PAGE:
This is a free lesson from our course in Algebra I

 This lesson explains the concept of the distributive property. It also explains how to solve an equation by simplifying both sides of the equation by clearing out any parentheses, and then combining like terms. When you distribute something, you give pieces of it to many different people. One example of distributing objects is handing out papers in class. In math, people usually talk about the distributive property of one operation over another. The most common distributive property is the distribution of multiplication over addition. It says that when a number is multiplied by the sum of two other numbers, the first number can be handed out or distributed to both of those two numbers and multiplied by each of them separately. Here's the distributive property in symbols: a * (b + c) = a * b + a * c. For example, if one side of an equation has an expression such as a(b + c), then you should simplify it by removing its parenthesis and changing it to ab + ac.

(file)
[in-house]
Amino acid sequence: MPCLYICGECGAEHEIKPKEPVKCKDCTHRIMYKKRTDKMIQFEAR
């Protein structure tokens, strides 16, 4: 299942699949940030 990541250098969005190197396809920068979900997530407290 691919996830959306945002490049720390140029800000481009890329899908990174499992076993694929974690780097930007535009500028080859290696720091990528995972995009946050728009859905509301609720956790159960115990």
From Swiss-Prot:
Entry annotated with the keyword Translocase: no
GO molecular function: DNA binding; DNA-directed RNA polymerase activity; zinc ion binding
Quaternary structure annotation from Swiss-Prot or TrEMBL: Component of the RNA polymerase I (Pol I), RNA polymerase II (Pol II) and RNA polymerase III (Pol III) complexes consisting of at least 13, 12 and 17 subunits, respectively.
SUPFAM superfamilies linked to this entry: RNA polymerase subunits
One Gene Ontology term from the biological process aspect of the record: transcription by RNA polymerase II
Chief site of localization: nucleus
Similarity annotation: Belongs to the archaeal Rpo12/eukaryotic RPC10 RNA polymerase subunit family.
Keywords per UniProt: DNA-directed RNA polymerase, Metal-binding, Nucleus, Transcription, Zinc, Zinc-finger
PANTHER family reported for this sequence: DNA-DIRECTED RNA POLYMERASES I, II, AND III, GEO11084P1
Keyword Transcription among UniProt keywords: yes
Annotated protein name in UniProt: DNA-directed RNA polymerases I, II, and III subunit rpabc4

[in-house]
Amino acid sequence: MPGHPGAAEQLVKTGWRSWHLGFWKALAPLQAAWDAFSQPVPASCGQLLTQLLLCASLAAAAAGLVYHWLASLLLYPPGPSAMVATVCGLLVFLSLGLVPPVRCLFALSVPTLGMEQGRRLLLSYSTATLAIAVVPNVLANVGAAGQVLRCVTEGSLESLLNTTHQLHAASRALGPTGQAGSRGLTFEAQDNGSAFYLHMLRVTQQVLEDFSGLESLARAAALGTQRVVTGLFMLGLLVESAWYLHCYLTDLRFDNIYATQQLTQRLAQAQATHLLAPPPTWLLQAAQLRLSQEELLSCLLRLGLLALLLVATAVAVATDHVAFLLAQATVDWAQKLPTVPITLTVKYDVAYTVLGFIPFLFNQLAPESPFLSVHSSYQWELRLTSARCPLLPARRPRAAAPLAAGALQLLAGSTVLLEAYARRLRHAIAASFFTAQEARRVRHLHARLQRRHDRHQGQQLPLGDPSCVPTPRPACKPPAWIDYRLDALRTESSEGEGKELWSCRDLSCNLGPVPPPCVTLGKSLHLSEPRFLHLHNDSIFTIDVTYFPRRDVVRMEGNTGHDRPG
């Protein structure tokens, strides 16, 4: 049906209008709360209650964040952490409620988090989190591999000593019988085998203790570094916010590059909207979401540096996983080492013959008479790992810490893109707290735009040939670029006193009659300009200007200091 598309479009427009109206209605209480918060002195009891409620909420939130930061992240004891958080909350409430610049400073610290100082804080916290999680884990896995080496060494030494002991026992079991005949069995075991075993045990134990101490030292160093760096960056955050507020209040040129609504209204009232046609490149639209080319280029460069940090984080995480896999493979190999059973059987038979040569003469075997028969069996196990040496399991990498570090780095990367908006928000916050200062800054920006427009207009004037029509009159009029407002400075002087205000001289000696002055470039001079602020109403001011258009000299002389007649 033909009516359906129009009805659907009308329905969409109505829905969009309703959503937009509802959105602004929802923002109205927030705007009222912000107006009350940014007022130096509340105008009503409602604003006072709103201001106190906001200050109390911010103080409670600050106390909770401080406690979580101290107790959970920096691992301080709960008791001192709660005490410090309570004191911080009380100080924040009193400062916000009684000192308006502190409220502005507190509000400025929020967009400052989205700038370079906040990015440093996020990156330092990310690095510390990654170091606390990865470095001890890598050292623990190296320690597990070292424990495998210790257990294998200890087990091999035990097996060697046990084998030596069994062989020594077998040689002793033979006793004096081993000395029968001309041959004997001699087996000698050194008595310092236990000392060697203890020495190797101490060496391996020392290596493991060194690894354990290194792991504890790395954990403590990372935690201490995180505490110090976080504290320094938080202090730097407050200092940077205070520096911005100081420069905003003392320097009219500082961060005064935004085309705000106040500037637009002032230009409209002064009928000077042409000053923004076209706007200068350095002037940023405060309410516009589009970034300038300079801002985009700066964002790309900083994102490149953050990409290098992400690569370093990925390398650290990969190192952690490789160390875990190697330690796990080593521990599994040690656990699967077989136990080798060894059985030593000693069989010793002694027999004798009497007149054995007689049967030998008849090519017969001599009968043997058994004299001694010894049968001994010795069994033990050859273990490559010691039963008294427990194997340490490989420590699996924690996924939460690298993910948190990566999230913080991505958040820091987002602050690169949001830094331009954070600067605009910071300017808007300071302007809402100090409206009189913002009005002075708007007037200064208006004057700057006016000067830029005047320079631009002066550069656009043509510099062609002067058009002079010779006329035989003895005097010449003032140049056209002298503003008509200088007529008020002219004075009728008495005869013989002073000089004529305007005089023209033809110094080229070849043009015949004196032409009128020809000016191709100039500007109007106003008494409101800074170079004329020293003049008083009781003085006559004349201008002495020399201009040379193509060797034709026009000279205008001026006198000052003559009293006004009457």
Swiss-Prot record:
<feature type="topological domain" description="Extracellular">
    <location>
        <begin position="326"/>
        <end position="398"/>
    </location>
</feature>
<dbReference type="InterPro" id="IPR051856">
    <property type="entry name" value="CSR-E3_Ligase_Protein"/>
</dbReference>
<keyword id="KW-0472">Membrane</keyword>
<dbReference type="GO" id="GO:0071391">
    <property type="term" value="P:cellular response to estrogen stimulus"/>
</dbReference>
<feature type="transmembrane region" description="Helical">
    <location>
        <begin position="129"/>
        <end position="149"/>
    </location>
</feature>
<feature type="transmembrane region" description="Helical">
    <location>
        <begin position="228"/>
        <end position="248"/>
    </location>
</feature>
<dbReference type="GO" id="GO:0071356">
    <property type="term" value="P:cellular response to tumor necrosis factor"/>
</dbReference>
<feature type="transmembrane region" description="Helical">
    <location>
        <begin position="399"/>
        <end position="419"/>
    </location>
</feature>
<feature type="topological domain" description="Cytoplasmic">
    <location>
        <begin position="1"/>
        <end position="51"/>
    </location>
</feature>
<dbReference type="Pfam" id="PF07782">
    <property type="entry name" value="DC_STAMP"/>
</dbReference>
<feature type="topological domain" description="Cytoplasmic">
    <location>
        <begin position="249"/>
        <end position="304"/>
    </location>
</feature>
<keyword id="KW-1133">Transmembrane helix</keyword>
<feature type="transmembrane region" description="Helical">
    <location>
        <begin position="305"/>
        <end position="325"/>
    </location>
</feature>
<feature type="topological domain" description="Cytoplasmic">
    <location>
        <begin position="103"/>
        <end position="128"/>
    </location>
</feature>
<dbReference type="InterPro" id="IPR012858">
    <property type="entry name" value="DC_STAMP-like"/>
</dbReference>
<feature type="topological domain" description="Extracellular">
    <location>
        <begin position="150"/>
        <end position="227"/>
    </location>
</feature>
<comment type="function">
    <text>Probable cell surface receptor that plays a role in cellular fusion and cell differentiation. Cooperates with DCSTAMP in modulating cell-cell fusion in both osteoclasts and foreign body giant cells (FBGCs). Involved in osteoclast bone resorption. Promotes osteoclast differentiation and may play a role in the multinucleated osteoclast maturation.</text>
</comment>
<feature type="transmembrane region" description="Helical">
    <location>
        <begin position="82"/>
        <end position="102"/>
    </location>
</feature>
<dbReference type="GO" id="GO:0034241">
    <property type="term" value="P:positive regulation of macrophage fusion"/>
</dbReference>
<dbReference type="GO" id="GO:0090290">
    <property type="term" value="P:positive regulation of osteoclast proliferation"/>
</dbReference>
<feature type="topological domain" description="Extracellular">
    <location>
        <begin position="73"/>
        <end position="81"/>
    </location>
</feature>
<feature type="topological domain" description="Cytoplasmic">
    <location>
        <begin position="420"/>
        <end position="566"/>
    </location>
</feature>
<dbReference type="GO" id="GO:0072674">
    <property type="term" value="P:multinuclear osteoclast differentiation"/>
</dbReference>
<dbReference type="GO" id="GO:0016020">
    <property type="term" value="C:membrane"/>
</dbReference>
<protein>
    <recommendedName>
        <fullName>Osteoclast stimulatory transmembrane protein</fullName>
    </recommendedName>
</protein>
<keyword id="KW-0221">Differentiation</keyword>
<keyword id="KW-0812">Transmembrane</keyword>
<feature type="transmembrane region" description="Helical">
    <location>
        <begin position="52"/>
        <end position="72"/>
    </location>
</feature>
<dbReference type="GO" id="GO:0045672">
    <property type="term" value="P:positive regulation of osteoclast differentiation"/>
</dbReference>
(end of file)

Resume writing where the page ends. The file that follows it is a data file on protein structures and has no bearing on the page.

Other useful lessons:
 Adding-subtracting same number on both side of an equation Multiplying-dividing same number on both side of an equation Solving inequalities
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